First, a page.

Early reads on Snap Inc.’s initial public offering showed the company’s stock popping nearly 48 percent to $25 as trading commenced Thursday.
That’s a surge past the $17 pricing revealed after market close Wednesday, raising $3.4 billion across the 200 million shares available for sale. That’s also well above the original $14 to $16 a share estimates in Snap’s February IPO filing.
Snap is the parent of the popular Snapchat app, which has quickly gained traction among users who have taken to its ephemeral form of communicating of-the-moment events and thoughts.
The parent company rebranded itself in the fall to simply Snap as it also seeks to position itself in the market as a new breed camera company.
It remains to be seen if the company can be profitable off its ambitions. Snap’s top line growth last year rose 600 percent to $404.5 million. Losses totaled $514.6 million and the company said in its IPO filing in February it may never be profitable as it continues to heavily invest in new products.
The first of those were the Spectacles camera-enabled sunglasses. A scarcity factor was created with the glasses originally only available via pop-up vending machines before a recent move that made Spectacles available through its online store. More recent reports have said the company has also worked on a drone.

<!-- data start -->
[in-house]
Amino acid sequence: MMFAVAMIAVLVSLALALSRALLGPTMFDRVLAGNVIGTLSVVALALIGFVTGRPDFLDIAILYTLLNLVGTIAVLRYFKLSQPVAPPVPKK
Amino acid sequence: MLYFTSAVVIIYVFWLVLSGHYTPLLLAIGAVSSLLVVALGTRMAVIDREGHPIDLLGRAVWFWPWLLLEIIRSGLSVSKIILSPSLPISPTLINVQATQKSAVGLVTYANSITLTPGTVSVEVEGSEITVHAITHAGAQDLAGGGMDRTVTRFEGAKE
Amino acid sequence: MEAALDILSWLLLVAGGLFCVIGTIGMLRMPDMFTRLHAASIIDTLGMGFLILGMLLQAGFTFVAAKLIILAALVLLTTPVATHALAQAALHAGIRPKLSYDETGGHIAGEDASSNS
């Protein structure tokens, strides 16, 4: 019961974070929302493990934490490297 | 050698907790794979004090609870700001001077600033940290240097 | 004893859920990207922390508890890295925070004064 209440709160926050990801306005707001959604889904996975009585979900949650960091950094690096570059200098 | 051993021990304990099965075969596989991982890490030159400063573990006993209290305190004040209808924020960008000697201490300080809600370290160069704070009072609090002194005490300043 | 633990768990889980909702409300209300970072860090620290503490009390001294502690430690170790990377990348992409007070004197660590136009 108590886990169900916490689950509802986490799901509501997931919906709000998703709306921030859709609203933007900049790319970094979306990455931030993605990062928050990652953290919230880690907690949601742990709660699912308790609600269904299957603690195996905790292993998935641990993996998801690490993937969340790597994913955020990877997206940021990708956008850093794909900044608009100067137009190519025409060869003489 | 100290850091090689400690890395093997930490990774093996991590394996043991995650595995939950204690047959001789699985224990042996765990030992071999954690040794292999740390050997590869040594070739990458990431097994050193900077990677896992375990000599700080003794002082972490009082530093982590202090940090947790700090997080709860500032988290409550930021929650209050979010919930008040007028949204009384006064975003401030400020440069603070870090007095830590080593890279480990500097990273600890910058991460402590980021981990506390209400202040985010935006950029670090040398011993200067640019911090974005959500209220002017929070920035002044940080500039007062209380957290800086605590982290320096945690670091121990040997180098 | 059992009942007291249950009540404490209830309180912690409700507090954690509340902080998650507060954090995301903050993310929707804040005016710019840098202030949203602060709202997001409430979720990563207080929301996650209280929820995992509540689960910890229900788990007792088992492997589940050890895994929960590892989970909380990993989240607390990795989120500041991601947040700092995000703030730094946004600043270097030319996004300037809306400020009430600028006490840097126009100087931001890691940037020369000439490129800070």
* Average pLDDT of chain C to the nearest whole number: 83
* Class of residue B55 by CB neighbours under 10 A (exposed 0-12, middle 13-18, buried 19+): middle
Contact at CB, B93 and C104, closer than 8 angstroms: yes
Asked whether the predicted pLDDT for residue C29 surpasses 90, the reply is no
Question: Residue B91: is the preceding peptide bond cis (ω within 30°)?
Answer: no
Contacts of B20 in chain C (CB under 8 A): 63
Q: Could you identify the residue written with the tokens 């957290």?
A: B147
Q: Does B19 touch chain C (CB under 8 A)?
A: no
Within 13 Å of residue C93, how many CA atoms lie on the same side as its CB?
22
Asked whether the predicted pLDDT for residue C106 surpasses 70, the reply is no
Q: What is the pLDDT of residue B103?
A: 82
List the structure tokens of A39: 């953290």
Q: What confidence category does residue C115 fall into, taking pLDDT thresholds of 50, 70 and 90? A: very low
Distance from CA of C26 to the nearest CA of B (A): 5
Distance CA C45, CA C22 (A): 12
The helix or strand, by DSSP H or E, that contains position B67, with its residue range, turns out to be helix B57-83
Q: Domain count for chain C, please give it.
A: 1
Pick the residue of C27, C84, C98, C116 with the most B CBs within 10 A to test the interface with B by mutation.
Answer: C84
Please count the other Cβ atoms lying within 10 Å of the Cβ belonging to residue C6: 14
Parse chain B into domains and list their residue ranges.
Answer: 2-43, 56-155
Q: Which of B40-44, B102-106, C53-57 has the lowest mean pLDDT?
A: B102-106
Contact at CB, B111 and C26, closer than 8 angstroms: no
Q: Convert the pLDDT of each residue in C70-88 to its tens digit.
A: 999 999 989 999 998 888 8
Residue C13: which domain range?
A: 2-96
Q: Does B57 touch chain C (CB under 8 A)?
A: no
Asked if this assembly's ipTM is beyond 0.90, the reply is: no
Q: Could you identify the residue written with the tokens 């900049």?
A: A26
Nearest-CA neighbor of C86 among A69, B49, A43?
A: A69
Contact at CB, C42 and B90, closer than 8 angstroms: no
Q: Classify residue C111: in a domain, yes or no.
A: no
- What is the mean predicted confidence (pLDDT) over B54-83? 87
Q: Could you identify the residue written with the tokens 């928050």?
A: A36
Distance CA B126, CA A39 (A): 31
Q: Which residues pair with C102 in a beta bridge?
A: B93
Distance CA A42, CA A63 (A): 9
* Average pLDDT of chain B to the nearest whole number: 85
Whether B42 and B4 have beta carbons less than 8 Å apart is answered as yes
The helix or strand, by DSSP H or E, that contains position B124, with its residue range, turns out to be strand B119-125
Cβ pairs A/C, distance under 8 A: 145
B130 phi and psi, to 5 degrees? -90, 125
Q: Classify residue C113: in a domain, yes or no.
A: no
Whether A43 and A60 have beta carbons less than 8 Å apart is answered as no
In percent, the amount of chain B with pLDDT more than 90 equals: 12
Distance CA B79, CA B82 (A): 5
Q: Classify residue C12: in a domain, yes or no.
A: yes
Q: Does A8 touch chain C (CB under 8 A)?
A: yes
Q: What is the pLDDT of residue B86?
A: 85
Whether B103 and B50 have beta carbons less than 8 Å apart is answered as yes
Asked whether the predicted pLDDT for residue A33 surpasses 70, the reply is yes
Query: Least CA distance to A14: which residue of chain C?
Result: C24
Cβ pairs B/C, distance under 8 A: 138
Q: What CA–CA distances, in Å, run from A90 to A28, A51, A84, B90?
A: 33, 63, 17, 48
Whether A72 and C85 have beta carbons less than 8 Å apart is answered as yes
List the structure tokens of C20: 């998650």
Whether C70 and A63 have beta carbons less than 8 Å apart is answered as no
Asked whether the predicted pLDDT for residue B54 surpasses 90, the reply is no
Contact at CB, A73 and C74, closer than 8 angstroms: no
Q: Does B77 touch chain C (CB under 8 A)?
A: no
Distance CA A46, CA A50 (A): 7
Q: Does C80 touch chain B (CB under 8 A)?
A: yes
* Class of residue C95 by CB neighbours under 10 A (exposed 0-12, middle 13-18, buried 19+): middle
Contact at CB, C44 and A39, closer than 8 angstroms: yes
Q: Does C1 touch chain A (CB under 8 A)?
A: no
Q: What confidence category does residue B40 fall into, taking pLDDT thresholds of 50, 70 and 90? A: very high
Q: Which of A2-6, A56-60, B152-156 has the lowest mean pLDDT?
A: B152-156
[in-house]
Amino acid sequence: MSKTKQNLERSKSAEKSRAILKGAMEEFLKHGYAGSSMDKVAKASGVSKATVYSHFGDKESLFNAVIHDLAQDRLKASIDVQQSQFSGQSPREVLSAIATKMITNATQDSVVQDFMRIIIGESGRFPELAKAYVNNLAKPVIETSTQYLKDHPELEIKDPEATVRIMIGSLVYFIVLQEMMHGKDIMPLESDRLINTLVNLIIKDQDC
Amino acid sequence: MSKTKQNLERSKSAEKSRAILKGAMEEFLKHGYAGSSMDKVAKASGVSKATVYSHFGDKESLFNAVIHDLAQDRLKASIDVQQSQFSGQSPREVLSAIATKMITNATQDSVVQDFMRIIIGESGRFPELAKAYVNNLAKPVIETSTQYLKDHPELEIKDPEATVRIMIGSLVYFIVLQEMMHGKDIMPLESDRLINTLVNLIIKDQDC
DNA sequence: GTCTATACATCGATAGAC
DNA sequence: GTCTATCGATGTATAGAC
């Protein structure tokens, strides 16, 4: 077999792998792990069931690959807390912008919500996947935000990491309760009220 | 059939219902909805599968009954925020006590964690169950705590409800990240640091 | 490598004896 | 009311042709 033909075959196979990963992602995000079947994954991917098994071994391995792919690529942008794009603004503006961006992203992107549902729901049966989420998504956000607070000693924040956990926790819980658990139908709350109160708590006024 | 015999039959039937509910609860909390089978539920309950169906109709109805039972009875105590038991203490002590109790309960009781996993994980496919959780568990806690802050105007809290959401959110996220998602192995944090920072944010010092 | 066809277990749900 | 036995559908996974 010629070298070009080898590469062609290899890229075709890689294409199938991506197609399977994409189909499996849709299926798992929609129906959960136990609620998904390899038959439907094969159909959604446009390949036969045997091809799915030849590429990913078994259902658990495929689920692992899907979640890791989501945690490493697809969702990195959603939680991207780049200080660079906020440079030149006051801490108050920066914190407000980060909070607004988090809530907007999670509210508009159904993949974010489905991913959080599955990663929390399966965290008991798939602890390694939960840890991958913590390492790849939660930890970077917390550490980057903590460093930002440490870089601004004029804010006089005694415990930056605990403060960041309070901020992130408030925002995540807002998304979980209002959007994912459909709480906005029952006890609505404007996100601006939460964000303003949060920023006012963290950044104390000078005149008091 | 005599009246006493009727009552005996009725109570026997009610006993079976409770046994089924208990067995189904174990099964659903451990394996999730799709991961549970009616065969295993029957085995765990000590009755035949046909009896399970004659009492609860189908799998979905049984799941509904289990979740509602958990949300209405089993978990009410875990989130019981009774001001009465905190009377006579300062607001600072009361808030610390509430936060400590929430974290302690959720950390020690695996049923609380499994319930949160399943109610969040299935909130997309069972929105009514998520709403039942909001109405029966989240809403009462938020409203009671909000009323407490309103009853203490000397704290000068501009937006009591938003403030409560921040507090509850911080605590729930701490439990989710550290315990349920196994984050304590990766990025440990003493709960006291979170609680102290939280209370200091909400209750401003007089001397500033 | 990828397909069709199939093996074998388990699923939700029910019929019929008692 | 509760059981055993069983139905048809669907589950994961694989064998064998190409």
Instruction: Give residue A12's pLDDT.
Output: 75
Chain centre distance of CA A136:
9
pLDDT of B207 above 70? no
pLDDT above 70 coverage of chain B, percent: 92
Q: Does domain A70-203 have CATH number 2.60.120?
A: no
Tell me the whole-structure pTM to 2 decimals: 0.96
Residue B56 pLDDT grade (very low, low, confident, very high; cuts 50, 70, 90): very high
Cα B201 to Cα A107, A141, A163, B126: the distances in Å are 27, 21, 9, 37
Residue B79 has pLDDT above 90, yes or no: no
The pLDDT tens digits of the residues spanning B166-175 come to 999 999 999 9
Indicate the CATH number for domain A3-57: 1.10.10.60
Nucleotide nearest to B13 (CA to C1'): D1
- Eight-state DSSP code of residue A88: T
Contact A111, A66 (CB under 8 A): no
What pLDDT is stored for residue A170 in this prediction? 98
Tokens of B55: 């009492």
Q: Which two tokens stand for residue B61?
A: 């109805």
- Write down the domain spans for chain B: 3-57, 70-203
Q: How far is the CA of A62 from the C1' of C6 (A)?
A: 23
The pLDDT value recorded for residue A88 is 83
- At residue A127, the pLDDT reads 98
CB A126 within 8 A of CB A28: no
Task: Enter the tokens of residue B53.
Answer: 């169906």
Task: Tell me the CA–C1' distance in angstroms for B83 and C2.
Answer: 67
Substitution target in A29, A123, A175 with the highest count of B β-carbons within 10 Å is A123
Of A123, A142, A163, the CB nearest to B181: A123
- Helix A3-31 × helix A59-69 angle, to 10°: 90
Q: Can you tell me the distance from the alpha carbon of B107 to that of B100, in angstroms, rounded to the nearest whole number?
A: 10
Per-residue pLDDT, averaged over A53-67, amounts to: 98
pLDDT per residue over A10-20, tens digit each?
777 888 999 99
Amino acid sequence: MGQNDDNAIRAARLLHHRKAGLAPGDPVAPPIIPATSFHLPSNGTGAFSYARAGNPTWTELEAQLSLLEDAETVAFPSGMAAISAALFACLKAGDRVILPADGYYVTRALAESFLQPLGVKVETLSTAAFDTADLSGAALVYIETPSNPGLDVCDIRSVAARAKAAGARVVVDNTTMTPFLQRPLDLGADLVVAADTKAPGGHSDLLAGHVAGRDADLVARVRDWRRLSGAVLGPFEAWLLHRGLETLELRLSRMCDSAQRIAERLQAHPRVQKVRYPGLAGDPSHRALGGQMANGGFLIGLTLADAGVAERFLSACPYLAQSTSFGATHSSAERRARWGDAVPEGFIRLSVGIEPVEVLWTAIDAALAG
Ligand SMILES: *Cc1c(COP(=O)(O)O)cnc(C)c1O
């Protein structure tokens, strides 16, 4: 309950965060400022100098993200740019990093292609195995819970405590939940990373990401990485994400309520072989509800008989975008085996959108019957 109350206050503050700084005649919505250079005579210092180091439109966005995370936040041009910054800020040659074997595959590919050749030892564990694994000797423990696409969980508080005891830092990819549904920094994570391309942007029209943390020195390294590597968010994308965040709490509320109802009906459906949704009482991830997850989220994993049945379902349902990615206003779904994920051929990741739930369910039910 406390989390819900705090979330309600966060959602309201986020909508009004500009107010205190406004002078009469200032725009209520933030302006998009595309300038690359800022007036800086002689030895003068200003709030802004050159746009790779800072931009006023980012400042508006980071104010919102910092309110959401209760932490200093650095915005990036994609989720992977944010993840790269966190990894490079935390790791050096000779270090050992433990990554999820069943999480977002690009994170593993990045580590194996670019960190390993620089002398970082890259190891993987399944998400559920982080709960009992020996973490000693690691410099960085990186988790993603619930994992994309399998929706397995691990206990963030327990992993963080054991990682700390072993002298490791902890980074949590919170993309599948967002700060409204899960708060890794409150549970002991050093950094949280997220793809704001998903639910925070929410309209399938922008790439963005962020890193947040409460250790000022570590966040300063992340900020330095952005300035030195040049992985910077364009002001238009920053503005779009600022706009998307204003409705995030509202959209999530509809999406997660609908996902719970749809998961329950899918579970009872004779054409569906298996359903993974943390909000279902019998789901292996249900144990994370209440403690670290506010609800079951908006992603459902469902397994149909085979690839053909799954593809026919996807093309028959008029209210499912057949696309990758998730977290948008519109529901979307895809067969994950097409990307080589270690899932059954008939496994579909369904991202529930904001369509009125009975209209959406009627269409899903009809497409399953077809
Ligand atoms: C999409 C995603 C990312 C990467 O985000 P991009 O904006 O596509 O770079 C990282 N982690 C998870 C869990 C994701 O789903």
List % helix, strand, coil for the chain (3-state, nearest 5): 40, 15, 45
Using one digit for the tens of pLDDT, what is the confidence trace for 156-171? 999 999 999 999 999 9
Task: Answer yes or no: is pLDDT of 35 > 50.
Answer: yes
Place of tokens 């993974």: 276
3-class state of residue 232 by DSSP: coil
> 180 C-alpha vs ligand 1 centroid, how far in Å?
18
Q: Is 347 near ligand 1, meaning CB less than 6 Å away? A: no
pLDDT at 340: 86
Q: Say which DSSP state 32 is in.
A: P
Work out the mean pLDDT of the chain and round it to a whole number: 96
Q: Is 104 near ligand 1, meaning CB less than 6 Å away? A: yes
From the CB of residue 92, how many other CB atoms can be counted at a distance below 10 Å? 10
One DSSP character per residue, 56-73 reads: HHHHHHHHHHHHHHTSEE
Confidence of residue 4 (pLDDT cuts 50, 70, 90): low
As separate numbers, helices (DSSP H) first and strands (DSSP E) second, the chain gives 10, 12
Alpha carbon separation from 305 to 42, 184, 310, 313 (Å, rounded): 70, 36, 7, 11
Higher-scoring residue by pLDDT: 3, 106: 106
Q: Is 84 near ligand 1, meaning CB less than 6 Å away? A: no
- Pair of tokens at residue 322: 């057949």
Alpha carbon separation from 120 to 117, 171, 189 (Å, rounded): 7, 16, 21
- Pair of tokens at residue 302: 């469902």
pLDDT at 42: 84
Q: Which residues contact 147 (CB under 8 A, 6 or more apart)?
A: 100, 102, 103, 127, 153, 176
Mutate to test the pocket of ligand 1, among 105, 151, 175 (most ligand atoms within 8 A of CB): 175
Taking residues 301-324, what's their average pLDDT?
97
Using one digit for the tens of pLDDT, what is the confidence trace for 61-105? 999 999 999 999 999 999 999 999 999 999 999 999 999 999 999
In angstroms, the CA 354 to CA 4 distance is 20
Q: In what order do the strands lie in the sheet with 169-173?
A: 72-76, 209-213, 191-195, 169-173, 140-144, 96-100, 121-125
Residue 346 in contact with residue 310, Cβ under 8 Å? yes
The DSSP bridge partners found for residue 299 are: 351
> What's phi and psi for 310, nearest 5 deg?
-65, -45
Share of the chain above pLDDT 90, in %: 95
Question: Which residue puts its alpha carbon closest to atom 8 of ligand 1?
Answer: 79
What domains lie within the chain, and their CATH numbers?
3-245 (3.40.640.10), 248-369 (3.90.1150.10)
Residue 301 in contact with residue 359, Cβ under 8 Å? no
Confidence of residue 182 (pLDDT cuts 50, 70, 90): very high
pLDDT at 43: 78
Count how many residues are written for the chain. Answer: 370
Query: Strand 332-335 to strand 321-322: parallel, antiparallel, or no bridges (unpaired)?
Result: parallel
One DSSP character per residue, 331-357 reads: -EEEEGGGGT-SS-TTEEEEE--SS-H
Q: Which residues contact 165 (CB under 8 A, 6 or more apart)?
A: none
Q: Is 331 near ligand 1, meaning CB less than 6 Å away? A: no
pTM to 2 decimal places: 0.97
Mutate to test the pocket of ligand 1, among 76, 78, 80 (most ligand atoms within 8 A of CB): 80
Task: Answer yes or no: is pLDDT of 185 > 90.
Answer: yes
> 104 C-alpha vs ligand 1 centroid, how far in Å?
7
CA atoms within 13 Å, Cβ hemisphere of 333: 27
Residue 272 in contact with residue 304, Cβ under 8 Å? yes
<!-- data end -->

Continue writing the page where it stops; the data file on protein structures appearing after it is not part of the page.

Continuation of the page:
The company’s IPO has caused a stir locally among some who have decried its presence in Venice, where Snap’s headquarters are spread across a number of properties. Protestors against the company and its IPO have accused Snap of causing gentrification in the area and running mom-and-pop businesses out of town, an issue for a community that has long prided itself on being an artist enclave full of indie designers and businesses.
Protestors gathered outside Snap’s headquarters Tuesday with another demonstration expected to begin there at 9 a.m. local time Thursday.
Snap is traded on the New York Stock Exchange under the ticker SNAP.